Skip to the Main Content

Note:These pages make extensive use of the latest XHTML and CSS Standards. They ought to look great in any standards-compliant modern browser. Unfortunately, they will probably look horrible in older browsers, like Netscape 4.x and IE 4.x. Moreover, many posts use MathML, which is, currently only supported in Mozilla. My best suggestion (and you will thank me when surfing an ever-increasing number of sites on the web which have been crafted to use the new standards) is to upgrade to the latest version of your browser. If that's not possible, consider moving to the Standards-compliant and open-source Mozilla browser.

April 12, 2005

Supercritical

Luboš, on his blog, seems to have gotten into a bit of an argument with Eva Silverstein about the status of “supercritical strings.”

I hesitate to wade into the middle. But, while it’s clearly true that these supercritical strings have some nice properties, it’s also obscure whether one can really make them into sensible interacting theories.

Two types of backgrounds have been proposed:

  1. A flat background, with a linearly varying dilaton (varying along a timelike direction).
  2. An AdS background.

In flat space, on general grounds, the observables should be an S-matrix.

  • In critical string theory in flat space, the dilaton is a constant, and an S-matrix is defined (for sufficiently small dilaton VEV) for the scattering of perturbative string states into perturbative string states.
  • In 1+1 dimensional noncritical string theory, there is also a linear dilaton background (varying in a spacelike direction). And there’s a “Tachyon wall,” preventing strings from penetrating the region of strong coupling. So one has an S-matrix, of sorts, for string coming in from the weakly-coupled region, bouncing off the wall, and returning to the weakly-coupled region.

However, for supercritical strings, the theory is strongly-coupled either in the far future or in the far past. It’s not clear how one defines an S-matrix. It certainly isn’t for perturbative string states.

In AdSd backgrounds, the observables are correlation functions of a conformal field theory on the d1d-1 dimensional conformal boundary. However, there are no nontrivial field theories for dimensions greater than 6. So, for AdSd, d>7d\gt 7, the observables are, in some sense, all “trivial.”1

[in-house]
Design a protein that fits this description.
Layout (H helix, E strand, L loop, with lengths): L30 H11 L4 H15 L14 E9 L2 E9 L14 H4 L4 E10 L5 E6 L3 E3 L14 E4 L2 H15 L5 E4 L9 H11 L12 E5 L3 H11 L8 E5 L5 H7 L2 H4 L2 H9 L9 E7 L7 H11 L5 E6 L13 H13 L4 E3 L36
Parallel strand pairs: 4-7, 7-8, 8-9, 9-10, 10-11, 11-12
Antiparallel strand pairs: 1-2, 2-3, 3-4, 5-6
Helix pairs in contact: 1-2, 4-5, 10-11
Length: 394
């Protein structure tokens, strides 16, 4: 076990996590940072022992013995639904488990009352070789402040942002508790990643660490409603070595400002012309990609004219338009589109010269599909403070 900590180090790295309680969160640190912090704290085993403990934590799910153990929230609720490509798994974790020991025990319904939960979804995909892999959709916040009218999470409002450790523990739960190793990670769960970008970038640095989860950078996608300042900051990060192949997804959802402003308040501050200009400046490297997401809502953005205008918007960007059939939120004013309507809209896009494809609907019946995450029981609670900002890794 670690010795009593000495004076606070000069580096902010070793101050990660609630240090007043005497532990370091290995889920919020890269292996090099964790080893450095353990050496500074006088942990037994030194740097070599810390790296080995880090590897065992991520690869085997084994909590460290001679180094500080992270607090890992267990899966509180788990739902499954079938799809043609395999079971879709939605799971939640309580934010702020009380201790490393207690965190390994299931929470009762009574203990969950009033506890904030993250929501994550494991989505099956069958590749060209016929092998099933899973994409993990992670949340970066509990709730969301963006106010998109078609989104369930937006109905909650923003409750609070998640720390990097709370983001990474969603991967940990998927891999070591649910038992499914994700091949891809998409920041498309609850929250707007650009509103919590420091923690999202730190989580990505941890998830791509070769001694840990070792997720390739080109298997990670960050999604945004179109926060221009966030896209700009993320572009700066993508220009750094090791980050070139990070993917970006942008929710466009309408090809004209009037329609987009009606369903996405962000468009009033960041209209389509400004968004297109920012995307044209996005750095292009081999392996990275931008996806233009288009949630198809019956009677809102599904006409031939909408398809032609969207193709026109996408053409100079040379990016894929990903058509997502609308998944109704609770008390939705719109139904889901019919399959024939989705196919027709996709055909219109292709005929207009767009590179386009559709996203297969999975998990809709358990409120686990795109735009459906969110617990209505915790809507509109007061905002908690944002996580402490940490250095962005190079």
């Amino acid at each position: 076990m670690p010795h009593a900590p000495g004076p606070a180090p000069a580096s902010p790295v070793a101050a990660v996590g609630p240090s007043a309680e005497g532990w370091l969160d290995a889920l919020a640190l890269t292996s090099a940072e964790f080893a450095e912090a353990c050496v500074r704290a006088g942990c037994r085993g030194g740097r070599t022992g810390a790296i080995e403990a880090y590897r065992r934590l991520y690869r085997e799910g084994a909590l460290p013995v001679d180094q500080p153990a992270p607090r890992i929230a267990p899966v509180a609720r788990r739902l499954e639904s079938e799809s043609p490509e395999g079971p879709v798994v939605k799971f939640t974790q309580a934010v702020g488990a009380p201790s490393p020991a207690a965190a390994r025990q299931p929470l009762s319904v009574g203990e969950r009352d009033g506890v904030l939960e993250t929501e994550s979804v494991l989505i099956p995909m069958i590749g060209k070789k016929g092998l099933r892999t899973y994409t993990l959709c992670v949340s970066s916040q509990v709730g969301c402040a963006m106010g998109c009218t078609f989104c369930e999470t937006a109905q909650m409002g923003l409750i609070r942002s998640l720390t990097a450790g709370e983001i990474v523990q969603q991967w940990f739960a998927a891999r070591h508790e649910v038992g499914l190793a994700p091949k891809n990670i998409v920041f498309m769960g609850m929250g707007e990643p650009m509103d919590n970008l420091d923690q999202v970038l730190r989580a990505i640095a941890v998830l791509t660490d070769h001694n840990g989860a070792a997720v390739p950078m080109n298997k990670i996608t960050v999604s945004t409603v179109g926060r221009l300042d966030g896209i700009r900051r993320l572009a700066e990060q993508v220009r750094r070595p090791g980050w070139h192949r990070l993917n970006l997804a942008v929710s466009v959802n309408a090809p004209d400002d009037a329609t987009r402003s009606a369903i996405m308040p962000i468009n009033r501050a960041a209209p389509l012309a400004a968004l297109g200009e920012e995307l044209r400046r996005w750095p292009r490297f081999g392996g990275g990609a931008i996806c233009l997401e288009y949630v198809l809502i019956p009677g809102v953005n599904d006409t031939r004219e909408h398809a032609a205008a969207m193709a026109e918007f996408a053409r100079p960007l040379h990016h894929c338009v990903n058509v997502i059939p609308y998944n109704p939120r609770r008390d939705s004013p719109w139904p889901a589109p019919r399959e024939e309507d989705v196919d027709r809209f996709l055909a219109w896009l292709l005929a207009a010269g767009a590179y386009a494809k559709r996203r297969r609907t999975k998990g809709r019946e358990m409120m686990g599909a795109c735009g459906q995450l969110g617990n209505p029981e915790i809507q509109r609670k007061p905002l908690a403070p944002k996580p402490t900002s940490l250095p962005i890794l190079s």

Those are the two paradigms that we know about for the observables of quantum gravity. Neither seems to lead to a satisfactory answer for supercritical strings. Perhaps there’s a third prescription for what the observables of quantum gravity are, which would yield a satisfactory answer in the case of supercritical strings.

But I’d like to hear what that is.


1 To be fair, there remains the possibility of taking a supercritical string on AdS n×M dn\text{AdS}_n\times M^{d-n}, for n7n\leq 7. So long as the isometry group of MM is one of those allowed by Nahm’s classification, then nothing I’ve said precludes such a background.

Posted by distler at April 12, 2005 12:00 AM

TrackBack URL for this Entry:   http://golem.ph.utexas.edu/cgi-bin/MT-3.0/dxy-tb.fcgi/551

7 Comments & 0 Trackbacks

Re: Supercritical

Hi Jacques:

As far as I understand, their theories are not spacetime SUSY. In that case I agree there are no known fixed point above six (actually four) dimensions, but I am not sure the possibility is excluded (Nahm classification is for superconformal theories). I agree that these fixed points are not very likely to exist, especially in families.

Posted by: Moshe Rozali on April 12, 2005 9:05 AM | Permalink | Reply to this

Nahm

You’re right. Nahm’s classification was of superconformal algebras.

I was trying to be generous because, as you note, there are no nonsupersymmetric fixed points known above 4D. And supersymmetry (can) guarantee the existence of families of fixed points, allowing you to do stuff like extrapolate from weak coupling to strong.

Finding an isolated solution with n≥4 sounds even harder.

Posted by: Jacques Distler on April 12, 2005 9:26 AM | Permalink | PGP Sig | Reply to this

Re: Supercritical

Similar comments apply to the KKLT construction. They are naturally interested in 4-dimensional dS vacua, but nothing in their reasoning prevents us from getting non-supersymmetric AdS vacua, and thus lots and lots of non-SUSY fixed points. In the last step of their journey just break SUSY in a milder way, not generating a new metastable vacuum, surely that will only improve the relaibility of the analysis. If you believe this then the number of 4dim non-SUSY fixed points is at least as large as the number of meta-stable dS vaccua.